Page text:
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An Easter Bunny Blunder?

By Vanessa Sgroi



Johnny Gage swung a left into Roy DeSoto’s driveway and shut off the engine.  Reaching over to the passenger seat, he grabbed the brightly colored bag of goodies for his partner and his family.  Slipping from his truck, he took a deep breath, inhaling the sweet fragrance of flowers recently planted by Joanne.


Roy answered his knock almost immediately.  “Hey, Johnny.  C’mon in.”  DeSoto still wore his Easter Sunday clothes, though his tie was loosened.


“Hey.”  Johnny stepped into the foyer and sat the bag down on the floor.  He slipped out of the light jacket he wore, and automatically hung it on the coat rack in the corner.


“I’m going to go change clothes,” said Roy, “Joanne’s in the kitchen.  Kids are upstairs.  Be back in a few minutes.”


“All right.”  Grabbing the bag off the floor, Johnny headed for the kitchen.


“Hi, Joanne.  Happy Easter!”


Roy’s wife turned away from the stove where she’d been assembling a sweet potato casserole.


“Johnny!”  Wiping her hands on a dish towel, Joanne walked over and gave the dark-haired man a big hug.  “Happy Easter to you too!”


He reached into the bag and pulled out a miniature glass basket.  Nestled inside was a speckled glass egg and baby chick.


“For you,” he grinned and handed Joanne her present.


“John Gage, you shouldn’t have,” Joanne scolded, “But it’s adorable!  Thank you.”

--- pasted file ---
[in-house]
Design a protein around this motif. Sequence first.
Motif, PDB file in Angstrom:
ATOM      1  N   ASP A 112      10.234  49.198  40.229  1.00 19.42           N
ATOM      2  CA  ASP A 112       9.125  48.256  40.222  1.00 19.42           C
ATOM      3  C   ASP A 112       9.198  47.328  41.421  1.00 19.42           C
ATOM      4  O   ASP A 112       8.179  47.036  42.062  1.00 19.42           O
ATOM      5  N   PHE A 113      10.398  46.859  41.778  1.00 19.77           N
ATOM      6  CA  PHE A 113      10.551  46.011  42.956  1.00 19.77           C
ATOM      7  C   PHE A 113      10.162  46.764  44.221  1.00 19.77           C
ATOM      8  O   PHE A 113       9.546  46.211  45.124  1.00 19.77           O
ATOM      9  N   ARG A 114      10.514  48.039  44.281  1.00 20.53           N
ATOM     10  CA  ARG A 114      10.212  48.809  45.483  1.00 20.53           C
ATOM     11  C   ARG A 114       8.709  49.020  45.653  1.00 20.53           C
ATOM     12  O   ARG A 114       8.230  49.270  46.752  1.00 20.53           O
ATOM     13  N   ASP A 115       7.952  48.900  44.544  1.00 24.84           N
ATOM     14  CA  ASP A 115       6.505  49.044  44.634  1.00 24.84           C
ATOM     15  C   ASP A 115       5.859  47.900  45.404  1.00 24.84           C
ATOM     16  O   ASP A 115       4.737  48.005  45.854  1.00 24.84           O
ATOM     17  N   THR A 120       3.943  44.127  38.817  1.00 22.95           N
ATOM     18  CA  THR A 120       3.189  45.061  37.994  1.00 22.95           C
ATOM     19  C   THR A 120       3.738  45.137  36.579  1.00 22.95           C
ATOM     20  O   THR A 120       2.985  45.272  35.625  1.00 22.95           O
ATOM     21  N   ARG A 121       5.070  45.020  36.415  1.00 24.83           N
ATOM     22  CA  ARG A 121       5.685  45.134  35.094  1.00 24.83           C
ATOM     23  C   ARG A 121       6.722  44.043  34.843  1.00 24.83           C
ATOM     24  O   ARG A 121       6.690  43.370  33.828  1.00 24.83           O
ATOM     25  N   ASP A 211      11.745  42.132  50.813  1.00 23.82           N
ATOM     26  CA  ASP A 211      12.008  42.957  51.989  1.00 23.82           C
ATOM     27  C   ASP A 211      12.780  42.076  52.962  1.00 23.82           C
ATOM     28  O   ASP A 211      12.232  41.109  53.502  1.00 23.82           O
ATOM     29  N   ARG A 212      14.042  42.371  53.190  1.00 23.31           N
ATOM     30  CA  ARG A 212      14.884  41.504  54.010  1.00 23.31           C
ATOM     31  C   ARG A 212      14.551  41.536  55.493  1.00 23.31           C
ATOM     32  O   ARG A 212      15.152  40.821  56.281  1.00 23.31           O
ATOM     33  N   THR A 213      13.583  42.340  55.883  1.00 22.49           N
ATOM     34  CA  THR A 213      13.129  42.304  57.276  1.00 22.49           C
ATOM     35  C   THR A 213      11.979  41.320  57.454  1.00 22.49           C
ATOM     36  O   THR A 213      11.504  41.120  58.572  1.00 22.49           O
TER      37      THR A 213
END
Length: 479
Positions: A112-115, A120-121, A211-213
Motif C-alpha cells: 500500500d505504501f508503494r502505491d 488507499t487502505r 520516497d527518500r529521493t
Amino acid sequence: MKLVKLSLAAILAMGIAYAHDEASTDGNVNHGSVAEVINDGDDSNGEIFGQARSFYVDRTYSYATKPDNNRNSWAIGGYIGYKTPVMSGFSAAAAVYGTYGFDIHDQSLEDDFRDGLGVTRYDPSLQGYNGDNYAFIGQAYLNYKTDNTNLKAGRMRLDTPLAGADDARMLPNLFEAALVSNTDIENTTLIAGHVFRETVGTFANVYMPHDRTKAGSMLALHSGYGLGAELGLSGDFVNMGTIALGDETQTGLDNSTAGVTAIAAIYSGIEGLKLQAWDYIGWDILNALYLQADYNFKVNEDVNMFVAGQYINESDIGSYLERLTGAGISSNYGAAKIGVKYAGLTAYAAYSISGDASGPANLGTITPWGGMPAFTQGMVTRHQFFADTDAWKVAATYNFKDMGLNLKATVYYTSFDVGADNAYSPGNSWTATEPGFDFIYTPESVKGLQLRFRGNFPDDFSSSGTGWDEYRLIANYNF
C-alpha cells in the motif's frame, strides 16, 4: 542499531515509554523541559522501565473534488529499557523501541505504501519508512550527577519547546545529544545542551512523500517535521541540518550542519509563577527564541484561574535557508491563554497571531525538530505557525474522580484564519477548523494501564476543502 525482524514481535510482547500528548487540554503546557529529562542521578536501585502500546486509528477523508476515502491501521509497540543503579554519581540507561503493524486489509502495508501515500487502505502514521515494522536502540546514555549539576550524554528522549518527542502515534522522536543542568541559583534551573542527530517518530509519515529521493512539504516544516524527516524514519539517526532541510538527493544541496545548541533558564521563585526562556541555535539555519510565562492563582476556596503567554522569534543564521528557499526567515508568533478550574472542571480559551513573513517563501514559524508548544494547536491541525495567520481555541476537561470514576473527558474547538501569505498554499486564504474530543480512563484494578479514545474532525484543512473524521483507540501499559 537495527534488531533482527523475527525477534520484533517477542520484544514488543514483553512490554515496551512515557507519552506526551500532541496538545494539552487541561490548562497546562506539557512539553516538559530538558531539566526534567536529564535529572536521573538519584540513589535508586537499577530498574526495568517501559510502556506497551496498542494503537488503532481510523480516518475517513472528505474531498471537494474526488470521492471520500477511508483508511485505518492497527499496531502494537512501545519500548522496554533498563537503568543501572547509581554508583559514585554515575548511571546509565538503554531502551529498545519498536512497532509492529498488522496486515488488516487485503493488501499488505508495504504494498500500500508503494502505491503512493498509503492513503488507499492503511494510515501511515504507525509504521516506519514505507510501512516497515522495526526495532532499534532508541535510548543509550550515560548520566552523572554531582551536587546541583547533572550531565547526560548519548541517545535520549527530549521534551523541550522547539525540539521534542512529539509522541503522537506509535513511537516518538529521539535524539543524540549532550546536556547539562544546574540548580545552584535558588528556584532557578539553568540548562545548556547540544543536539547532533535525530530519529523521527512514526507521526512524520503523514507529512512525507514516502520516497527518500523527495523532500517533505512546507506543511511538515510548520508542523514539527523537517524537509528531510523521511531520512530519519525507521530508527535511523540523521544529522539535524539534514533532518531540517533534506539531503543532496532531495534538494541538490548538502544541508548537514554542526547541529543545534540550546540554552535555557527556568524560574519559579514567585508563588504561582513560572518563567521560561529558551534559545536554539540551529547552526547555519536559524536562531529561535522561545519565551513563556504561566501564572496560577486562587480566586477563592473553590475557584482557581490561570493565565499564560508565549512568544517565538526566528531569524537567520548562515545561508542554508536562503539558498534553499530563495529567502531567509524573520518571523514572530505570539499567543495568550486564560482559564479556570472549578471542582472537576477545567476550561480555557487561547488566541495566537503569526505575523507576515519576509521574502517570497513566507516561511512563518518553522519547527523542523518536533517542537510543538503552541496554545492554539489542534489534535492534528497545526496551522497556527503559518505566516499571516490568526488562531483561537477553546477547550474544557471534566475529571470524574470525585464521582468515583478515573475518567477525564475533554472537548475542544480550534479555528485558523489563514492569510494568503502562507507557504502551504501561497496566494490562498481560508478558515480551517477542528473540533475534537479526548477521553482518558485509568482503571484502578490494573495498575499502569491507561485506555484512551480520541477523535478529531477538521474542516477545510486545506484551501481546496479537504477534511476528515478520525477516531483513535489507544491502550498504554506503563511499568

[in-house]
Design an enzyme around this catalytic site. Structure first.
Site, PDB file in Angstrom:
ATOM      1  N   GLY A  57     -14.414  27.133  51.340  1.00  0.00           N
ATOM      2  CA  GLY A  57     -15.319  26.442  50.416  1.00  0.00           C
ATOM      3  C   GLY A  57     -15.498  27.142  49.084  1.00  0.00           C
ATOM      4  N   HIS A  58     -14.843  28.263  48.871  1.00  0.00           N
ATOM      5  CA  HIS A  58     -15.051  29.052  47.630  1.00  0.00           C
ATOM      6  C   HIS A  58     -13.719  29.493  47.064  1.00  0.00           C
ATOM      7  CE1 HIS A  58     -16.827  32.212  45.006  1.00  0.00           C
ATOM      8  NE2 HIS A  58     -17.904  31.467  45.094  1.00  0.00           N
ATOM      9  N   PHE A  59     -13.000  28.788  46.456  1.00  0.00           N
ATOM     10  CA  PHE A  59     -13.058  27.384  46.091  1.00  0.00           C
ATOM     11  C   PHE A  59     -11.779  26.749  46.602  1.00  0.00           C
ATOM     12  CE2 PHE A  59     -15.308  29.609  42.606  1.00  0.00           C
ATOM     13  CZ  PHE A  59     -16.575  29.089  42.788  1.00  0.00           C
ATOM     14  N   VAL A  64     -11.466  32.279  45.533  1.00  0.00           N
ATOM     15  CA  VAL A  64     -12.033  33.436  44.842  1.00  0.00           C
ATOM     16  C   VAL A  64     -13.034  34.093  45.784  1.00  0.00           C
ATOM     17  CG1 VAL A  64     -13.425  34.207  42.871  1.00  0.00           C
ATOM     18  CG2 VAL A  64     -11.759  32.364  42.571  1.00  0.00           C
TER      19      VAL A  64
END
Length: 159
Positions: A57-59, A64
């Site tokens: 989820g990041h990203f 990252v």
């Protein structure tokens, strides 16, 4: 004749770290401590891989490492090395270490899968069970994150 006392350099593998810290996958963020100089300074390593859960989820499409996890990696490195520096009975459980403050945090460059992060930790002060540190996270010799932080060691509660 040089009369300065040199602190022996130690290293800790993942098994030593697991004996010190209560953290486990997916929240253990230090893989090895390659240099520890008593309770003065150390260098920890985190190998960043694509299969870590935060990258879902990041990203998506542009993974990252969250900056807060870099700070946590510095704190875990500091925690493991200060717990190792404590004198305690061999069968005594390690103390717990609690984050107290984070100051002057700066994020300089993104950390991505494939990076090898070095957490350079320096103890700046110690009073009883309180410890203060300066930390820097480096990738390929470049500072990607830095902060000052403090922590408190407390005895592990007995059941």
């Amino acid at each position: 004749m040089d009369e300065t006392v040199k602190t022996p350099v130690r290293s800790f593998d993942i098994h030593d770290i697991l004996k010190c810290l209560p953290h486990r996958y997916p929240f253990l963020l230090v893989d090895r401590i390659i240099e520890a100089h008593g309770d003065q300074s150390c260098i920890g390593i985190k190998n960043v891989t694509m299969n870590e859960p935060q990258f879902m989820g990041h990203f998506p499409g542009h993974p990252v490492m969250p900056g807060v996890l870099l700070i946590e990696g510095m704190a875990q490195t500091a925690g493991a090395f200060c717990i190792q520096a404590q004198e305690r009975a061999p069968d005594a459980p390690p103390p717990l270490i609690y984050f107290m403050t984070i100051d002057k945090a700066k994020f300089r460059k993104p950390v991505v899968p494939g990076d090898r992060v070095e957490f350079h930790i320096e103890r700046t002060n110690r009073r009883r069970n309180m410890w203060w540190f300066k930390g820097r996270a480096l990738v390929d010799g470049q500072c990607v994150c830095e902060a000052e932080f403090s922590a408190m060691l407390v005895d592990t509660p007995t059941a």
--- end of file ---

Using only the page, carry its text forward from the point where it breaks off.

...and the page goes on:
“You’re welcome.  I brought the kids something too.”


“They’re upstairs.  Why don’t I call them down?  There’s beer or pop in the fridge.  Help yourself.”


While she went to call Chris and Jennifer downstairs, Johnny grabbed a cola from the refrigerator and sat down at the table.  A moment or two later, Joanne returned.


“I hope you’re hungry,” she said while placing her Easter gift on a little shelf by the kitchen window.  “I’ve got a ham in the oven.  Poor Richard’s Potatoes and a Sweet Potato Casserole too.  And I promise—no colcannon or anything green in sight—except the salad.”


Joanne’s teasing about his overindulgence on St. Patrick’s Day, which had left him sick as a dog, brought a slight blush to Johnny’s cheeks, and he grinned sheepishly.


“Don’t worry.  I learned my lesson.”




Johnny patted his belly.  “And I’m starving today.”


“Even better.”  Joanne laughed and went back to putting the finishing touches on the sweet potatoes, just as Chris and Jennifer popped into the room.


Both children gave the paramedic a hug.


“Well, Miss Jennifer, you look mighty nice in your Easter outfit.”


The six-year-old smiled and twirled, showing off her yellow dress and white bonnet with yellow flowers and ribbon adorning the brim.


“Do I look pretty?”


“You sure do.”


“Mommy even bought me white gloves to match my shoes.”




“Well, Daddy said I look hand-sum,” interrupted Christopher, “and hand-sum is better than pretty.”


Johnny looked at the 8-year-old boy, who was dressed quite similarly to his father when he’d answered the door.  The boy’s tie was even loosened like his dad’s had been.


Gage chuckled.  “Your dad was right.  You are handsome.  But, some day, you’ll think pretty is much better.”


“Nuh uh.  No way!”


“Listen, I brought you guys each something.”  Reaching in the bag, he handed each child their Easter treat.  Chris was thrilled with his chocolate dinosaur.  Jennifer just looked at her chocolate bunny and nibbled on her bottom lip.


“Wow, that looks like some good chocolate,” observed Roy, when he entered the room.  “You might wanna hide it from your old dad in case he gets hungry.  Did you say thanks?”


“Thank you, Uncle Johnny,” chorused the kids.


“And, Pally, I didn’t forget about you.”  Johnny reached into the bag and pulled out a jar of black jelly beans—his partner’s favorite.